Does Russia Hate Gays?
Well, that might be an overstatement. But let’s start with St. Petersburg, the country’s intellectual capital.
The local legislature in St. Petersburg is only one, largely formal reading away from passing a law that would outlaw “homosexual propaganda.” The fines for violators would reportedly cost up to $150 for individuals and $1,500 for organizations.
But here’s the thing: in Russia, it seems that “propaganda” is loosely defined. The bill’s sponsor, a lawmaker from none other than the ruling United Russia party, argued back in November that, since a “wave popularizing sexual perversion” is washing over the city, children need to be protected from “destructive information” – which, in his mind, spans the gamut from literature and events allegedly promoting homosexuality to the mere mention of it on social networks.
Others, frighteningly, have gone even further. Another St. Petersburg lawmaker, from the inappropriately named Liberal Democratic Party of Russia (they’re mostly harebrained nationalists), noted that the fines were too low, and rather impressively equated what might otherwise be consensual gay sex with pedophilia while also hinting at an international conspiracy: “What is a 3,000 ruble fine to a pedophile when they’re supported by the international community?” asked lawmaker Elena Babich, Russian news agency Interfax reported after the bill’s first reading in November.
Naturally, rights’ groups are up in arms. Yet this is far from the only battle they’ve had to wage, since St. Petersburg is not the first city to pull such a stunt. Last year, the legislature in the far northern city of Arkhangelsk passed a similar law to reportedly safeguard the moral and physical wellbeing of children (as well as to boost dwindling birthrates), as did the city of Ryazan, a two-hour drive south of Moscow. Not to mention that the capital city itself for nearly 20 years had a mayor who condemned homosexuality as “satanic” and regularly banned pride parades from its streets.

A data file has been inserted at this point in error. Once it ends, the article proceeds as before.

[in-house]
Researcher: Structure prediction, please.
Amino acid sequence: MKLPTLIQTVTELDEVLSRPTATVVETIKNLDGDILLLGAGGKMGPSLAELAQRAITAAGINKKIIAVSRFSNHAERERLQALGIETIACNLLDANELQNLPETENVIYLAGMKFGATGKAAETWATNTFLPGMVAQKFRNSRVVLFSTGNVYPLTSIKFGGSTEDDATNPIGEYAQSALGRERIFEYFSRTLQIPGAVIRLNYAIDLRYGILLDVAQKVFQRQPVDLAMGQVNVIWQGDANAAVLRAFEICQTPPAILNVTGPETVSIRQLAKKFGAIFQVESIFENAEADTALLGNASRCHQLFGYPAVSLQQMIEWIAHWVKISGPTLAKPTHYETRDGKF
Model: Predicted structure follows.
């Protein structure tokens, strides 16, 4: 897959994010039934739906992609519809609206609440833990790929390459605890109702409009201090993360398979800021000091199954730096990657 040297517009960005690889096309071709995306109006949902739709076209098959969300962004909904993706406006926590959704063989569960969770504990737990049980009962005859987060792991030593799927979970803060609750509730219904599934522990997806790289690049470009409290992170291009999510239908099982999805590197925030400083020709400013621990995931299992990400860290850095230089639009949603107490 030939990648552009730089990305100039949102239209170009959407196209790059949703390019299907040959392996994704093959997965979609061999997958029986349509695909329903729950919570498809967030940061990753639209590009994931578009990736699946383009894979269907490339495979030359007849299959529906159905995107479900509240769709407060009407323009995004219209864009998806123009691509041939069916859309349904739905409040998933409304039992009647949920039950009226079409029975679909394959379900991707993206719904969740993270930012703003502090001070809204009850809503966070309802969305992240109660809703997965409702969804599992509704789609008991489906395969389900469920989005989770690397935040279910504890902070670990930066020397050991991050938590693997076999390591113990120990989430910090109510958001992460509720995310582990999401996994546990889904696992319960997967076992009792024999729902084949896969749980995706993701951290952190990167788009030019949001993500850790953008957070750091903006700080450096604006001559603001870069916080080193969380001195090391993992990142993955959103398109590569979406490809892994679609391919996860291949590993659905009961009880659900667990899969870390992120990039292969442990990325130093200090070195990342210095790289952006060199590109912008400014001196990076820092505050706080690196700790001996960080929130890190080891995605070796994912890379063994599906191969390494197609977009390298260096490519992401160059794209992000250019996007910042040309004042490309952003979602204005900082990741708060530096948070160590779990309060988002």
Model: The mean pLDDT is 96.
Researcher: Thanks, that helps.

But rather than a few, terrible isolated incidents, these moves reflect a broader trend in Russia today. After being illegal in the Soviet Union, homosexuality was decriminalized only in 1993, and much of the country remains firmly in a conservative state of mind. And it’s not only the authorities who profess a strict social conservatism; besides the handful of urban centers, the majority of Russia is strung together by a patchwork of far-flung towns, villages and provincial centers – where the quality of life is lower, educational opportunities are far less prevalent, and the social demographics are far more homogeneous (read: poor, old and dying).
Given the growing protest trend in Moscow and other major Russian cities, though, one might be forgiven for thinking that, with its calls for democracy, rule of law and greater personal freedoms, the burgeoning anti-establishment movement may appear to be a light at the end of the tunnel for Russia’s embattled gay population. But on second thought, things are likely less positive than they seem. The St. Petersburg bill passed its second reading nearly unanimously
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